Inside or outside the phagosome? The controversy of the intracellular localization
of Mycobacterium tuberculosis
, Maria Lerm
Medical Microbiology, Department of Clinical and Experimental Medicine, Faculty of Health Sciences, Linköping University, SE-58185 Linköping, Sweden
Center for Infectious Medicine, Department of Medicine, Karolinska Institute, SE-17177 Stockholm, Sweden
Phagocyte Research Laboratory, Department of Rheumatology and Inﬂammation Research, Sahlgrenska Academy, University of Gothenburg, SE-41346, Gothenburg, Sweden
Received 4 July 2011
Received in revised form
12 September 2011
Accepted 21 September 2011
The localization of Mycobacterium tuberculosis (Mtb) inside the macrophage has been a matter of debate
in recent years. Upon inhalation, the bacterium is taken up into macrophage phagosomes, which are
manipulated by the bacterium. Subsequent translocation of the bacilli into the cytosol has been observed
by several groups, while others fail to observe this phenomenon. Here, we review the available literature
in favour of and against this idea, and scrutinize the existing data on how human macrophages control
Mtb infection, relating this to the robustness of the host cell. We conclude that both phagosomal
maturation inhibition and escape from the phagosome are part of the greater infection strategy of Mtb.
The balance between the host cell and the infecting bacterium is an important factor in determining the
outcome of infection as well as whether phagosomal escape occurs and can be captured.
Ó 2011 Elsevier Ltd. All rights reserved.
Man has been in constant battle with tuberculosis (TB) since
ancient times, the disease now being a global emergency with
nearly two million people dying from TB annually. The causative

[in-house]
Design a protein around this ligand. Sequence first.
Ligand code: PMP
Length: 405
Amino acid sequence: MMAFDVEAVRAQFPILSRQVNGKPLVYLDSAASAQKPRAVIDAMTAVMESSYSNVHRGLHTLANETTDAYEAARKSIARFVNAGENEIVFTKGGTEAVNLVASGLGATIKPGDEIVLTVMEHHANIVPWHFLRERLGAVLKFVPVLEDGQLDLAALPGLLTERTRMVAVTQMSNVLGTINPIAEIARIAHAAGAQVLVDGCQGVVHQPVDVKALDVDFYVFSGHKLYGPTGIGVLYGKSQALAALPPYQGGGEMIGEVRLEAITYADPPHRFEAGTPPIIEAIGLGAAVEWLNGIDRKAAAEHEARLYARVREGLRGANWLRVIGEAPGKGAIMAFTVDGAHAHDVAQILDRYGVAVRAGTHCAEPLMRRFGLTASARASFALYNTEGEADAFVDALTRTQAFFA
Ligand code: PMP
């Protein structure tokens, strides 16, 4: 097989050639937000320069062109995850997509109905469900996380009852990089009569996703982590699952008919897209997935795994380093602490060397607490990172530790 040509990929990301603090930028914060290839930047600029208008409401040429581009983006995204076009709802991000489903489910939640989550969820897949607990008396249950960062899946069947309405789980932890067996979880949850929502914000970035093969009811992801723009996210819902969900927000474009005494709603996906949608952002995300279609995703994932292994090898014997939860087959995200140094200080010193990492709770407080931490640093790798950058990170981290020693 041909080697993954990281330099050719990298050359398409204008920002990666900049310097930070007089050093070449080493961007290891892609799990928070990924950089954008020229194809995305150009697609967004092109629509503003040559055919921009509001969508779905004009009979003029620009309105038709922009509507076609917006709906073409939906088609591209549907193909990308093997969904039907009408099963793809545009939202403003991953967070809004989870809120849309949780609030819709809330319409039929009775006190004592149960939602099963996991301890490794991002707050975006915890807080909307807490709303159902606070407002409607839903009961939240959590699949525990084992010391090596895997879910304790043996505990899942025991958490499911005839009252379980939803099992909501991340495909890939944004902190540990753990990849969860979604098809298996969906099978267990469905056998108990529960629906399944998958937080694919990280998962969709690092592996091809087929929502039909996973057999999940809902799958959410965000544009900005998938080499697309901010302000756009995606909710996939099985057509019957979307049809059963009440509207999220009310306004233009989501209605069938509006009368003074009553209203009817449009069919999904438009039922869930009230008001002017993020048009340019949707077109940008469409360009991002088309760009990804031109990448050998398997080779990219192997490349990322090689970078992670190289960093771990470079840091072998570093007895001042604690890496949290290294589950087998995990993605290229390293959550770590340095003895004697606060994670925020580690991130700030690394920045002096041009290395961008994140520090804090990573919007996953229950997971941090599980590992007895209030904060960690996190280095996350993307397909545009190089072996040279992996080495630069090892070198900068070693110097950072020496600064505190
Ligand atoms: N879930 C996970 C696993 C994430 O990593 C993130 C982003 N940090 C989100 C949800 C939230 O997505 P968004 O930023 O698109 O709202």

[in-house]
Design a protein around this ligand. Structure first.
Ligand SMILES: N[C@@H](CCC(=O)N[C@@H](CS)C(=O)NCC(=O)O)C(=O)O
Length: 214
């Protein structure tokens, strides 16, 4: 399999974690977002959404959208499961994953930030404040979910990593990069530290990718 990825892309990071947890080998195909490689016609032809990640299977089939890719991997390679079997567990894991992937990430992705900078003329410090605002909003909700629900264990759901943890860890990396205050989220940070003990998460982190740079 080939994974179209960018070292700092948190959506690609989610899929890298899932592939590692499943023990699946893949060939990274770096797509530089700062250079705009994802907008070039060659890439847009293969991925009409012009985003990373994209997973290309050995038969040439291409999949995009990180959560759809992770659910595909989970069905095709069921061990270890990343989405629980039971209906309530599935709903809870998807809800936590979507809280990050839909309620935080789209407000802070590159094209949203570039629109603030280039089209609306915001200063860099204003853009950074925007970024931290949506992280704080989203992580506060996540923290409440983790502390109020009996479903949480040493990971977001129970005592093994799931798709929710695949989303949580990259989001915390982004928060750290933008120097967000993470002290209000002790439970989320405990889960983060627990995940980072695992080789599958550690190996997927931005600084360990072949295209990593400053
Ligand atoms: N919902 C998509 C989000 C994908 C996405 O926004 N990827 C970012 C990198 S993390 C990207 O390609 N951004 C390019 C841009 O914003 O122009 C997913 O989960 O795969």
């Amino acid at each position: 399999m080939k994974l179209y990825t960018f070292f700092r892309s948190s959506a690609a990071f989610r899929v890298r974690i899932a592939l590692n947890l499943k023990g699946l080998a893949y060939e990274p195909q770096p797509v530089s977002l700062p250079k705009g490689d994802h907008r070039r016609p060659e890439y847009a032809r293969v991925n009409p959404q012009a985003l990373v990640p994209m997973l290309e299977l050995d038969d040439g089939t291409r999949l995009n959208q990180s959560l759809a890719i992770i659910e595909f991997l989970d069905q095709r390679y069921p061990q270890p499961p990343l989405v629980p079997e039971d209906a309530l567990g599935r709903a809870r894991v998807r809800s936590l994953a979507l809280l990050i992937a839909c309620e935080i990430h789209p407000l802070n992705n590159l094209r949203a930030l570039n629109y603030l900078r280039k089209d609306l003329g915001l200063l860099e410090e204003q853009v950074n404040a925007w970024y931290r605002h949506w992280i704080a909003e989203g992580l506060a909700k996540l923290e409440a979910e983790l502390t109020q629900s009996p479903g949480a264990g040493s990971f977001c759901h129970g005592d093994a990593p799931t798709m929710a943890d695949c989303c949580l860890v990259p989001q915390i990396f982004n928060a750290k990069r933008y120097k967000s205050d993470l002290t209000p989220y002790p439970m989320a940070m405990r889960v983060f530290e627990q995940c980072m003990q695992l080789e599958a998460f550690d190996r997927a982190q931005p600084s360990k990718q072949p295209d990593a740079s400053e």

microorganism, Mycobacterium tuberculosis (Mtb), is transmitted
by aerosols from the lungs of coughing, infected individuals, thus
gaining access to new hosts through their airways. About 10 million
new cases of TB are registered in the world every year, and 30% of
these can be found in India and China and 80% in the 20e25
highest-burden countries in Africa, South America, and Asia.
estimated, based on the tuberculin skin test, that one third of the
world’s population is infected with Mtb.
In addition to public
health efforts, new scientiﬁc knowledge about the basic mecha-
nisms underlying TB and how the host can overcome the infection
is imperative to combat the disease. Development of a new,
improved vaccine and new drugs that tackle the emergence of
antibiotic resistance are sorely needed.
Exposure to Mtb can lead to a spectrum of outcomes, spanning
from clearance by the innate or adaptive immune system, to latent
infection and active disease.
It is believed that many individuals
(up to 50% of those exposed) clear the infection through a robust
innate immune response,
showing no signs of disease nor of
immunological memory against the pathogen. Furthermore,
although many become latently infected, only 5% of these indi-
viduals progress to active TB within ﬁve years. The remaining 95%
control the infection throughout their lifetime, only progressing to
active disease when immunocompromised through simultaneous
HIV-infection, old age, treatment with immunosuppressive drugs,
This illustrates the importance of a strong
immune response, and not least of the innate immune response,
in tackling TB.
Upon inhalation of aerosols containing Mtb, the bacteria arrive
in the lungs and are ingested by resident alveolar macrophages.
Macrophages are designed to kill pathogens using the plethora of
antimicrobial mechanisms present inside the phagosome. After
uptake of a pathogen into a macrophage by receptor-mediated
phagocytosis, the resulting phagosome undergoes a series of
fusion and ﬁssion events with the endocytic pathway (a process
known as phagosomal maturation), thereby acquiring antimicro-
The main antimicrobial mechanisms of the
mature macrophage phagosome include acidiﬁcation of the phag-
osome, production of antimicrobial peptides, activation of the
NADPH oxidase and inducible nitric oxide synthase (iNOS) leading
to the generation of reactive oxygen and nitrogen species,
Corresponding author. Medical Microbiology, Linköping University, SE-58185
Linköping, Sweden. Tel.: þ46 101034779; fax: þ46 101034789.
E-mail addresses: email@example.com (A. Welin), firstname.lastname@example.org
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Tuberculosis 92 (2012) 113e120